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The first day of winter is officially on December 21st. With October almost over and the cold weather slowly creeping up on us, now is a good time to start thinking about winterizing your home and vehicle.

Preparing your home for winter

Homes built after 1975 are well-insulated and should have decent windows. But, regardless of the age of your home, you should consider having an expert do an inspection to evaluate the energy efficiency of your home. Check with your utility company first as many provide this service to their customers free of charge.

Underground sprinklers should be blown out. Most landscaping companies will do this for a nominal fee. If you don’t, you risk having to spend the summer months replacing the pipes. The landscaper should be able to offer advice, as to the best time of year to have this done. Also, remove all water hoses from the spigot before the freezing temperatures arrive. The water trapped in the hoses can freeze, which can expand back into the spigot and split it. Come spring time, you may be faced with a water leak both inside and outside the home.

Have your furnace inspected prior to the start of winter season. The last thing you want is to replace the furnace in the dead of winter. Also have the chimney inspected too. A smoke detector should also be installed and tested monthly. Batteries should be replaced twice a year.

If your home has central air conditioning, it’s important to protect the unit against cold weather; which will also protect the unit from rusting. One such way is to find the circuit to the unit and turn it off. This will help to prevent the unit from turning on during a warm winter day, keeping water out of the unit that could potentially freeze. Install foam pipe covers around the exposed exterior pipes to protect them against freezing temps. Also cover the unit with a waterproof plastic or vinyl cover.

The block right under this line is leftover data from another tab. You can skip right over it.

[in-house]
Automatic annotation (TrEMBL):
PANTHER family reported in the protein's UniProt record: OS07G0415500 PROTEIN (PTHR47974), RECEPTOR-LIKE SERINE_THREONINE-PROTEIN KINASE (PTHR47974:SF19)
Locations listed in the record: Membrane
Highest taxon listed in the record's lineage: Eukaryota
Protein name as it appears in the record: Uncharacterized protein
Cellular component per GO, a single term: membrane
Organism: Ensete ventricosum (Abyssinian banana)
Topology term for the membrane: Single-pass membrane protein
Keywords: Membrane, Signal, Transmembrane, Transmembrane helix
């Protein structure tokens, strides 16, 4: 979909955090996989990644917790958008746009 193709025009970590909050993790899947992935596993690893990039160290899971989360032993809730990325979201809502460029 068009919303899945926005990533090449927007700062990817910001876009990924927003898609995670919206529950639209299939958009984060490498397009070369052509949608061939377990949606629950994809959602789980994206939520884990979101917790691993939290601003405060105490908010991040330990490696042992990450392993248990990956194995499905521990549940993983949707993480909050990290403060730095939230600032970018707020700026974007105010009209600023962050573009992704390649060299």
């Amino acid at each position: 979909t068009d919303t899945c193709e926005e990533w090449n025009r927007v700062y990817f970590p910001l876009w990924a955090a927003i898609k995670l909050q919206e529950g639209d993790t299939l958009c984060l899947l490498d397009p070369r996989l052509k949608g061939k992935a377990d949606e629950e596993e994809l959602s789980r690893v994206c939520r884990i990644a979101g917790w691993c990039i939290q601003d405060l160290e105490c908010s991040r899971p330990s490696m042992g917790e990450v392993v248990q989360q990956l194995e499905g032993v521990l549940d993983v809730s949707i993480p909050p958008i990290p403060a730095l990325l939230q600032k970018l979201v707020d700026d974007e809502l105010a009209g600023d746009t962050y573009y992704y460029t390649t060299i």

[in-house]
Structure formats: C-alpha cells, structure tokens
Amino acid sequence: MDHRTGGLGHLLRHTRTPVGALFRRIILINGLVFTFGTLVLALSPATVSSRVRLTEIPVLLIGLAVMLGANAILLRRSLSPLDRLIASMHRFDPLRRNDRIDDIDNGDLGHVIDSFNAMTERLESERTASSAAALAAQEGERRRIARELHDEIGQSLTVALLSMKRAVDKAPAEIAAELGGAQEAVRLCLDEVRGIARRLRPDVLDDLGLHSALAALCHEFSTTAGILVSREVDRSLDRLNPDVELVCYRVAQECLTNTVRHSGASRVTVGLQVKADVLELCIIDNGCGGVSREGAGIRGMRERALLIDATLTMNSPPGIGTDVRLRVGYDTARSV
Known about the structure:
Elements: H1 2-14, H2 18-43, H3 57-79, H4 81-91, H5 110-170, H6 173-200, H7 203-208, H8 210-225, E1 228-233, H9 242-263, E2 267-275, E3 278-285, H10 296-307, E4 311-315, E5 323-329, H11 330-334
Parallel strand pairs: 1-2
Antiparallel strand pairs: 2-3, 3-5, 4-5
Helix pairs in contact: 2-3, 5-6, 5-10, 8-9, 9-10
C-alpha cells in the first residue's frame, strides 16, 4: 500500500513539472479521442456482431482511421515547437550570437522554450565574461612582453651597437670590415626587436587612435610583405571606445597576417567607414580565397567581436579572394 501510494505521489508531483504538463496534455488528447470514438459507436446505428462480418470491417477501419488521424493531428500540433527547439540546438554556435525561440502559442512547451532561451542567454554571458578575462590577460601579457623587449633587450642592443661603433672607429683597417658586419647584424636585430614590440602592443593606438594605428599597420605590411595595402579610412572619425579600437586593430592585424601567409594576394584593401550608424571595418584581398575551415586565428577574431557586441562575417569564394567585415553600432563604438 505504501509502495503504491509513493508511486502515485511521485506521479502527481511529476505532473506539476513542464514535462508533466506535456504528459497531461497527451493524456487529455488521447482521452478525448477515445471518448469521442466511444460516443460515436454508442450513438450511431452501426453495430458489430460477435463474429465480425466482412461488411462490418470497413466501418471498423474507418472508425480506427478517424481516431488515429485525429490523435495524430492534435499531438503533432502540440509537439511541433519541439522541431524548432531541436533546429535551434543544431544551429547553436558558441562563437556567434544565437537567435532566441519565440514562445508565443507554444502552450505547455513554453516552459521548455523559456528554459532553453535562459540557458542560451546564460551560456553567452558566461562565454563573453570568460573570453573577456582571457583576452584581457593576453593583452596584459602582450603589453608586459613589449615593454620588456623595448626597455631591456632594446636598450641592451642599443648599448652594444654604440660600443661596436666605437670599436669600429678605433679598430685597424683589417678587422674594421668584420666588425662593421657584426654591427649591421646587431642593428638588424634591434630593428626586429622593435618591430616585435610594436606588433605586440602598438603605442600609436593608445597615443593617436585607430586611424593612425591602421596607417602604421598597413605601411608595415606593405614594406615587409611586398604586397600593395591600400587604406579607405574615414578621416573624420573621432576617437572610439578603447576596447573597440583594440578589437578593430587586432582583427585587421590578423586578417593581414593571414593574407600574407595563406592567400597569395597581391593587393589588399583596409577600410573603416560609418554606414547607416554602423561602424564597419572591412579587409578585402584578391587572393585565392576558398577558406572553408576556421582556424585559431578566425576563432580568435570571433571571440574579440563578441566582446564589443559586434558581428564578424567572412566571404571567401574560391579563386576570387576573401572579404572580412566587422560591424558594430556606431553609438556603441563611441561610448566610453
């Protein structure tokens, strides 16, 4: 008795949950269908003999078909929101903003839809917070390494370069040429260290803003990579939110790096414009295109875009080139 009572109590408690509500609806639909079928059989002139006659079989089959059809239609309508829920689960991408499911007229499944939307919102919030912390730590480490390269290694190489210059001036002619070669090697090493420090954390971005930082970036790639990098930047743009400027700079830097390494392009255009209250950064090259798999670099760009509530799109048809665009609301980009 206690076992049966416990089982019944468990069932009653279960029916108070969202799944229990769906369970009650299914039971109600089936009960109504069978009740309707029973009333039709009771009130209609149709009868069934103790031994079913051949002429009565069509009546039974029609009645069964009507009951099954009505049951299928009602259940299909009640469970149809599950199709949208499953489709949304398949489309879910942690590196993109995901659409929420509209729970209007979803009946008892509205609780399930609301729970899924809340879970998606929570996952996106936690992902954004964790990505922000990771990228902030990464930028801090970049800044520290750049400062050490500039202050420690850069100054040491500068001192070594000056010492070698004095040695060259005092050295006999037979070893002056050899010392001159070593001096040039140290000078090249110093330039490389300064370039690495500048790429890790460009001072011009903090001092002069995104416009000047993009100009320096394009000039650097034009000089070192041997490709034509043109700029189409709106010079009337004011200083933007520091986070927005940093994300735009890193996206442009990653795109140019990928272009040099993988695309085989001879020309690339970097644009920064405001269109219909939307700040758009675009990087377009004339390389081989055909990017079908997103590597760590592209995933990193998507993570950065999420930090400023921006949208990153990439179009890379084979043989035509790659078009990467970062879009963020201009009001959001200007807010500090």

An estimated 200 people die each year from accidental non-related carbon monoxide (CO) poisoning associated with consumer products, such as improperly used or incorrectly vented fuel-burning appliances such as fireplaces and furnaces. Installing a CO detector is a good precautionary safety measure. Like the smoke detector, the CO detector should be tested monthly and the batteries changed twice a year. The U.S. Fire Administration Web site has more information on winter storm safety.

Preparing your vehicle for winter

This is a good time of year to have a mechanic look over your vehicle and give it a tune-up if necessary. The antifreeze level in the vehicle’s cooling system should also be checked.

Check the manual for your vehicle to see if lighter-grade oil is recommended for winter driving.

If the battery on the vehicle is five years or more, you might want to replace it or at the very least have it tested. A low batter can freeze solid, rendering it useless while a fully charged battery won’t freeze.

Check the tire tread, worn tires should be replaced. Snow tires (also known as winter tires) have tread patterns specifically designed to dig down and bite into snow and ice.

Lastly, Consumer Reports has an article titled, “Roadside emergency kit: What to carry with you,” which includes tips for items needed for winter travel.

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